Fall of 2020 was all about brainstorming each team members’ Persona Research Plan. For this plan, each W4W design team member brainstormed three potential persona concepts (For example, one of our workshop topics is: “HMW de-stigmatize menstrual health?” For this topic, one member’s three persona concepts included: a middle school girl, a menstrual health and hygiene activist, and a transgender man who still experiences menstruation.) For each persona concept, designers also brainstormed 3–5 key research questions, method of interaction (interview, survey, specific activity, etc), a list of 15 people they might connect with relevant to the concept, and their next 3 steps to move forward with that concept. After developing these plans, the team worked together to give feedback and narrow so that each person went from 3 concepts to one focus concept; for some this was just picking one of their 3, for others this meant maybe merging two concepts together, and for others we came up with a totally new focus based on the discussion.

After plans were created, each designer spent 2–3 months interacting with users. Then we developed a Persona Template Tool for each designer to use as a way to analyze and connect insights to form one composite user that could be utilized in a design jam workshop.

This entire process was happening in tandem with the devolvement of our new CLAP process. So while we had a team doing user research to create these persona’s, we also had a team focused on the design and development of the process itself including questions like: “How do we visualize our process in a way that adds meaning through graphic design?” “What tools already exist in other processes that we want to build upon and what tools don’t yet exist that we want to create?” “What is our color scheme and icon character?” “How do we differentiate parts of the CLAP process and which tools should be a part of which sections?”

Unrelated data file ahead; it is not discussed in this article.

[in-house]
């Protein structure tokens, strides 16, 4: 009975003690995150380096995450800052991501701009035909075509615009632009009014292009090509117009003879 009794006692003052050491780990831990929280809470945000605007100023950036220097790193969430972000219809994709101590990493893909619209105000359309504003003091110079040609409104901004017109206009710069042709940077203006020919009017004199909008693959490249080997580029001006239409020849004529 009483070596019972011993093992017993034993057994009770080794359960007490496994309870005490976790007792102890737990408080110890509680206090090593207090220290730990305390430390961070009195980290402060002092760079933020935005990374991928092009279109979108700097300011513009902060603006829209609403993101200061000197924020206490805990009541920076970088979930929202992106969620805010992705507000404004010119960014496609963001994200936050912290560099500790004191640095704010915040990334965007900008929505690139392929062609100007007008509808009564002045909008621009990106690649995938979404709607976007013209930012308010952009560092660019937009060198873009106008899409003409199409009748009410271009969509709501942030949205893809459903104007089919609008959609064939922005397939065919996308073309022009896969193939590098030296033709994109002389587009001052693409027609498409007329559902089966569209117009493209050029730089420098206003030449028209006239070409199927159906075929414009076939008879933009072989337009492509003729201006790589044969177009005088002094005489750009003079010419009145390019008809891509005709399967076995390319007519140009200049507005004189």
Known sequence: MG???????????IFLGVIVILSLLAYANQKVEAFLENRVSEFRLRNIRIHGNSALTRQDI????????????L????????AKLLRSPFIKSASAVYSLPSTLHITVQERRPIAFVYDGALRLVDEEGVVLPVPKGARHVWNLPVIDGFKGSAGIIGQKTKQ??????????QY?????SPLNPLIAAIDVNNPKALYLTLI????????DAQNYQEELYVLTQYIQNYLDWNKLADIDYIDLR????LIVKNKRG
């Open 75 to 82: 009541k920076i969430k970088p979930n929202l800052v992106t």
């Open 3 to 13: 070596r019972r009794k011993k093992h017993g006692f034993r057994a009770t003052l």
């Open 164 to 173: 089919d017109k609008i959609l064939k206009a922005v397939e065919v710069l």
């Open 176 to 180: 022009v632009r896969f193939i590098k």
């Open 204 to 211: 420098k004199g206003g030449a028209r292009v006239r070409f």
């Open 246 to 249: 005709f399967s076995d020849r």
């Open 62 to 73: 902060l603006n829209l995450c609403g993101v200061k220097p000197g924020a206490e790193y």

Starting Spring of 2021 we officially began piloting the CLAP process in our workshops with great feedback! Partners who had worked with us before and after the redesign said they loved our new look and the new tools we created. They thought it was easy to understand and really engaged their students while also doing a great job at introducing them to somewhat stigmatizing topics in a safe and open environment:

“[My daughter] talked about the period design jam for days. She (and I) had no idea about [the depth and breadth of menstrual health stigma] except for some of the ultra orthodox religions views. We are a very no nonsense household and it seems so crazy that concepts like [period-stigma] perpetuate. Hooray education and exposure!!”

By April of 2021 we were ready to start pushing the persona concepts from the research to graphics team in order to start piloting this fundamental new concept. There was a lot of back and forth about how to best present our user research to design jam participants in a way that would show depth without being overwhelming and how we would best facilitate the conversations around these personas.

In May we began our persona first test run — the template version. We realized during the process of creating these persona’s and our tools to facilitate the conversations, that perhaps a template version of these tools could also be useful if we want workshops where participants brainstorm the details of their user. Additionally, these templates could help us and others create future personas moving forward. So we tested out three new tools: Persona ID, Journey Map, and Influencing Factors. Additionally, we tested a new brainstorming tool: Digitype. And because apparently we were feeling really ambitious, we also had a new person step into the role of a workshop coach, and I personally took a stab at trying to be in the roles of both facilitator and coach during the same workshop so moving forward we can increase our max number of participants.